Identity, Privacy, and Deception in Social Networks
Final submissions due: 1 July 2013
Publication date: March/April 2014
Please email the guest editors a brief description of the article you plan to submit by 15 June 2013.
Social networks have quickly become the key organizing principle of Internet communication and collaboration. Examples include connecting friends and colleagues (such as Facebook or LinkedIn) to online social media sites (YouTube, Flickr, and so on) to large-scale information sharing communities (such as reddit and Yahoo! Answers) to crowd-based funding services (Kickstarter and IndieGoGo) to Web-scale crowdsourcing systems (Amazon Mechanical Turk or Crowdflower), and so on. Although Internet-enabled social networks offer tremendous opportunities, widespread interest in and growth of these systems raises new risks and growing concerns. For instance, social network users can be bullied, their pictures can be stolen, or their status posts can reach unwanted audiences. Even when profiles don't list any information, social graphs can be analyzed to infer personal information. Risks are also related to identity management because, in these social scenarios, an individual's online identity, which is strictly related to reputation and trust, is less and less virtual and has more and more impact on real, offline life. A battle now exists between individual privacy and the interests of the system at large.
This special issue aims to bring together new research results from a variety of backgrounds that address these common core challenges. Topics of particular interest include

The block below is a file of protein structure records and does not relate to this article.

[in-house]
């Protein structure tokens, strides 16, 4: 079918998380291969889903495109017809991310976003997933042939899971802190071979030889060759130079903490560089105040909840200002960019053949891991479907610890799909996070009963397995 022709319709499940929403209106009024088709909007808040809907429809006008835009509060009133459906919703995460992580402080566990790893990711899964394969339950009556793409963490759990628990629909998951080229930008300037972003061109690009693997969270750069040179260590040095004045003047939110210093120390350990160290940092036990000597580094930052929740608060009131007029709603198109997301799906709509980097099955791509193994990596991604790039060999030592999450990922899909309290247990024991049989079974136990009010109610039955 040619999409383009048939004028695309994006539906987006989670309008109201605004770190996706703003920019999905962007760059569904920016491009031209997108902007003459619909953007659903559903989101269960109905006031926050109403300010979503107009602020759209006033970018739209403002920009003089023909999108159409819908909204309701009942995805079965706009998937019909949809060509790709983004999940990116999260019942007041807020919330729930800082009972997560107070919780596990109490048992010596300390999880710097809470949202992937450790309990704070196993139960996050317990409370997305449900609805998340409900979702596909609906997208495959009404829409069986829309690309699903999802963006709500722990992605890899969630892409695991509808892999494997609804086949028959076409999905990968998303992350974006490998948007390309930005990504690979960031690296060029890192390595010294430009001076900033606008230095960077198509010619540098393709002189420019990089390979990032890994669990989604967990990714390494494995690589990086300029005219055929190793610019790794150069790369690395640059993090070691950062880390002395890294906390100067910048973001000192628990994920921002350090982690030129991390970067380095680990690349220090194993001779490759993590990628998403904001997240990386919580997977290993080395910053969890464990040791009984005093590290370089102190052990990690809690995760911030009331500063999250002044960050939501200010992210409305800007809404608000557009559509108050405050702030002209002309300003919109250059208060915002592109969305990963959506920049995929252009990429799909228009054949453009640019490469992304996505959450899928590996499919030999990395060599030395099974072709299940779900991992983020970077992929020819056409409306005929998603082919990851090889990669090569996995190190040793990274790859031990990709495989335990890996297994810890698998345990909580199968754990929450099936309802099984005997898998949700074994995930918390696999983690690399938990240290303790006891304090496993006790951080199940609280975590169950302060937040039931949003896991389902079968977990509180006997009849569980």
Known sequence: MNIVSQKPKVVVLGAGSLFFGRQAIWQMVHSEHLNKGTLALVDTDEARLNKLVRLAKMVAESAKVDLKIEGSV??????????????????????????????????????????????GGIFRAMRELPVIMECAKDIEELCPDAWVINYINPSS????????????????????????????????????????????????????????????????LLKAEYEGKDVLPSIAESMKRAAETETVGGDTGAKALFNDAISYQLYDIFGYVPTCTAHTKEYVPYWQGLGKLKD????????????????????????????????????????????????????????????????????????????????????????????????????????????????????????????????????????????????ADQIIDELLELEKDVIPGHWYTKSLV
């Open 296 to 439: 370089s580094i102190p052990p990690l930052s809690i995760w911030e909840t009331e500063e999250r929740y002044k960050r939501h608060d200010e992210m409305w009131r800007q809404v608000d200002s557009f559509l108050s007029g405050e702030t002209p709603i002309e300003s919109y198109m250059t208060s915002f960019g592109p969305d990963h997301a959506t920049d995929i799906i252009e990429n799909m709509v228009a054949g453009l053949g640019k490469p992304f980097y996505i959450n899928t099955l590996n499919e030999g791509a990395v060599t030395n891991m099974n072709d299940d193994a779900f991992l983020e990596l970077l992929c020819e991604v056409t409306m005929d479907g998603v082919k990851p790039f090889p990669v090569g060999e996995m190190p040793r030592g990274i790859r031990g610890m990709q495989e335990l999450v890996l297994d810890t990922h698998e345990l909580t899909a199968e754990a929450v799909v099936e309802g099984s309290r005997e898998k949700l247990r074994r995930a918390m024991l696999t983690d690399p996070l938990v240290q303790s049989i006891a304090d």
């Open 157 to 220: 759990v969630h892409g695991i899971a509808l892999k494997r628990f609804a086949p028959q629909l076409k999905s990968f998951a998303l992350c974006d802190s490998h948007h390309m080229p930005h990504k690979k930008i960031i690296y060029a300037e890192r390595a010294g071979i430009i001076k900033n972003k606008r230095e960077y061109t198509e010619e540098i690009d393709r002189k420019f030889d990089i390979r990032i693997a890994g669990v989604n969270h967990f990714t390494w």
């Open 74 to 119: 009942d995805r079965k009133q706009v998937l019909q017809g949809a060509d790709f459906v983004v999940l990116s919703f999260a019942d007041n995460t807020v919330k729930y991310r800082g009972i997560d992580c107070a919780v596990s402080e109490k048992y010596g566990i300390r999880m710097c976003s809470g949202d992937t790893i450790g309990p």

- methods for protecting privacy in social networks;
- algorithms, theories, and systems for detecting deception in social networks;
- privacy-preserving methods for data access and data mining;
- identity theft in social networks;
- identity management in social networks;
- online and social identity; and
- trust and reputation in social networks.
All submissions must be original manuscripts of fewer than 5,000 words, focused on Internet technologies and implementations. All manuscripts are subject to peer review on both technical merit and relevance to IC's international readership—primarily practicing engineers and academics who are looking for material that introduces new technology and broadens familiarity with current topics. We do not accept white papers, and we discourage strictly theoretical or mathematical papers. To submit a manuscript, please log on to ScholarOne (https://mc.manuscriptcentral.com:443/ic-cs) to create or access an account, which you can use to log on to IC's Author Center and upload your submission.
Contact Guest Editors Elisa Bertino, James Caverlee, and Elena Ferrari (firstname.lastname@example.org)